Spain makes first major bank rescue
The Caja de Ahorros Castilla La Mancha (CCM), the first bank to receive government aid in the financial crisis, has been placed under special administration and may receive as much as EUR 9 billion.
MADRID – Spain's central bank took over a struggling savings bank on Sunday and was prepared to pour in emergency cash, its first rescue in the financial crisis.
The central bank said in a statement that it placed the Caja de Ahorros Castilla La Mancha (CCM) under special administration, and the government met to discuss a cash injection of up to EUR 9 billion.
CCM "faces problems of liquidity that can only be resolved through financing from the Bank of Spain," Economy Minister Pedro Solbes told reporters after an urgent government meeting.
"It is not an injection of public capital or a nationalisation," but a measure to get liquidity from the central bank flowing to buoy up the regional savings bank, he said.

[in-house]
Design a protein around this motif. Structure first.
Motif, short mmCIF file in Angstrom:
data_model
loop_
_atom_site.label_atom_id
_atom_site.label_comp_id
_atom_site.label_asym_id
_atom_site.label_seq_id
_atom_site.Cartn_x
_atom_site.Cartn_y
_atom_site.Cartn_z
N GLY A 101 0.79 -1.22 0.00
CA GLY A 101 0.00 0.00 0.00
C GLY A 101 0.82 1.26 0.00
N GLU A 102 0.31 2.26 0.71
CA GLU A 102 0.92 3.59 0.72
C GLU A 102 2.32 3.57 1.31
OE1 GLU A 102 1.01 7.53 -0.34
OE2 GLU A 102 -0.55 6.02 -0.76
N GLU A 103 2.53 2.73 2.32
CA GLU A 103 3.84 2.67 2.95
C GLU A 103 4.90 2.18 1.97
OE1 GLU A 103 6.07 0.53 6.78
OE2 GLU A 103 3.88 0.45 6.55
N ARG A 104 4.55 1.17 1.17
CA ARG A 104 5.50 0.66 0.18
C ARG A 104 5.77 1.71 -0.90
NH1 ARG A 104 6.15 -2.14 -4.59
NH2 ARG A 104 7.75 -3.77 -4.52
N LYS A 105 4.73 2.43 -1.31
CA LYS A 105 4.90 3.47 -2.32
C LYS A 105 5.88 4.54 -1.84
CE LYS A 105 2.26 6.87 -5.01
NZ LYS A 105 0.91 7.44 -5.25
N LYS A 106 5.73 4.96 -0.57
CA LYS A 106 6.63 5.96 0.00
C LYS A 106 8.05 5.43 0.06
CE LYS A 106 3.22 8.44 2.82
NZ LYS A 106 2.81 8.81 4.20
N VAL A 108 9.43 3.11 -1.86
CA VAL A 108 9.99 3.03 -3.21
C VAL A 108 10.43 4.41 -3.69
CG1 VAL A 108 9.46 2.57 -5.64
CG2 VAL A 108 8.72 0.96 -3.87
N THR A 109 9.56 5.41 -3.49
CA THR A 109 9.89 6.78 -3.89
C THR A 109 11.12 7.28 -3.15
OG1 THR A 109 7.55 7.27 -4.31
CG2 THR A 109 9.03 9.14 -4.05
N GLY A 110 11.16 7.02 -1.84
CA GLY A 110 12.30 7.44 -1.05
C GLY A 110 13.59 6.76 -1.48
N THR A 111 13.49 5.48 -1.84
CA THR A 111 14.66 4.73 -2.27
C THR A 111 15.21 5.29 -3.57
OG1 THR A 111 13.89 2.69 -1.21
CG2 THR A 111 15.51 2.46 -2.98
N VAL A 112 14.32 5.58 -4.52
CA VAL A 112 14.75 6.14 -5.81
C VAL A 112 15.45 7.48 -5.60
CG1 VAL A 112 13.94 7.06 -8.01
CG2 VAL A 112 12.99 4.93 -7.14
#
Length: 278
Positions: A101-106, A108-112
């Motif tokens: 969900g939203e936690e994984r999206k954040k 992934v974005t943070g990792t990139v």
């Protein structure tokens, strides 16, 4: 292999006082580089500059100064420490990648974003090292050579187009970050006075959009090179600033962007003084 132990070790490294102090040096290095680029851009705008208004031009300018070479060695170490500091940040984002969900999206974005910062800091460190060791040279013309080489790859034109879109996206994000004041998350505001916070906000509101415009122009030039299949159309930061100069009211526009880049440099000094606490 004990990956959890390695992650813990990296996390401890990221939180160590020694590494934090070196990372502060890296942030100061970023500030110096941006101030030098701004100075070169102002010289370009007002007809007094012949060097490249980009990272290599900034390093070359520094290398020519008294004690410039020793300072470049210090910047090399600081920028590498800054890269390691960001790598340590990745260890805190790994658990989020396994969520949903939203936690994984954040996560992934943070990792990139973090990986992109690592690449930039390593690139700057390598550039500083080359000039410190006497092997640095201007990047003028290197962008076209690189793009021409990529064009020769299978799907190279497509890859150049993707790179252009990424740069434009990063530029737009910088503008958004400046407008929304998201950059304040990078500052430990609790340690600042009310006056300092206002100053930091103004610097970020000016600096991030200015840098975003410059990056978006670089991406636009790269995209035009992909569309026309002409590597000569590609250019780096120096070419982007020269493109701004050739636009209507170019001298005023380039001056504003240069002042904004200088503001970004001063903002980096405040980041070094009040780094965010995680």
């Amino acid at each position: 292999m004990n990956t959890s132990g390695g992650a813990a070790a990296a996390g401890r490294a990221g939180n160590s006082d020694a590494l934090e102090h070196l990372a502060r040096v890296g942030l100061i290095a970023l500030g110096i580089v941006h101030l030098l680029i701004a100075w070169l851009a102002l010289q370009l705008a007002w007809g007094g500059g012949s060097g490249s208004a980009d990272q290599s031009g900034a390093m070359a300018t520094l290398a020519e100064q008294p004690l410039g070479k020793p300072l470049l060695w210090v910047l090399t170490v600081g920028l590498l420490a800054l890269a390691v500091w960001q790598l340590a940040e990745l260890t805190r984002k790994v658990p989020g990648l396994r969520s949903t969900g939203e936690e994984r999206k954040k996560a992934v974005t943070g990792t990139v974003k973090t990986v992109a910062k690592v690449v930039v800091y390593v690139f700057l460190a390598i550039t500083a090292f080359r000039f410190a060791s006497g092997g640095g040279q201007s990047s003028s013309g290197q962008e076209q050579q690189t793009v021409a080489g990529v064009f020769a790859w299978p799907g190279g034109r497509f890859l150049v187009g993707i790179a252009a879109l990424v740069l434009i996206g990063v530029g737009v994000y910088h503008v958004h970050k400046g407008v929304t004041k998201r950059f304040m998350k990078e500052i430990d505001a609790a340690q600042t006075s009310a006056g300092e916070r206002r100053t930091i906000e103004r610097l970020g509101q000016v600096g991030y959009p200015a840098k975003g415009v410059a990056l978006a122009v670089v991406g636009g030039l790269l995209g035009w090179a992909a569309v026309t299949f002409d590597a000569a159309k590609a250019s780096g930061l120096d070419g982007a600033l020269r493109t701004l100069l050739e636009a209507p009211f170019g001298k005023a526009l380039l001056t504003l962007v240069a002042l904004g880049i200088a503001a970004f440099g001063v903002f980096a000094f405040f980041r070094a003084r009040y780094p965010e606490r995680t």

Solbes and the deputy head of the government Maria Teresa Fernandez de la Vega said the central bank and the government would guarantee customers' savings. Solbes said no other banks were at risk of needing public support.
The Spanish banking sector had so far been spared of the turmoil that has hit banks in other parts of the world. No bank had had to be recapitalised and state aid had been limited to loan guarantees or some asset purchases.
It was the first time the central bank had stepped in to take over a struggling lender since it took control of Banco Espanol de Credito in 1993.
But Spain's small regional savings banks, which specialise in looking after customers' deposits and funding mortgages, have been hit hard by the busting of the country's decade-long construction boom.
The struggling Caja savings bank in the Castilla La Mancha region had been in talks on a possible takeover by another regional bank, Unicaja.
Spanish media reported on 19 Marchthat the government was preparing a rescue plan for the banking sector that would see the state take a stake in some banks while allowing others to go bust.
AFP / Expatica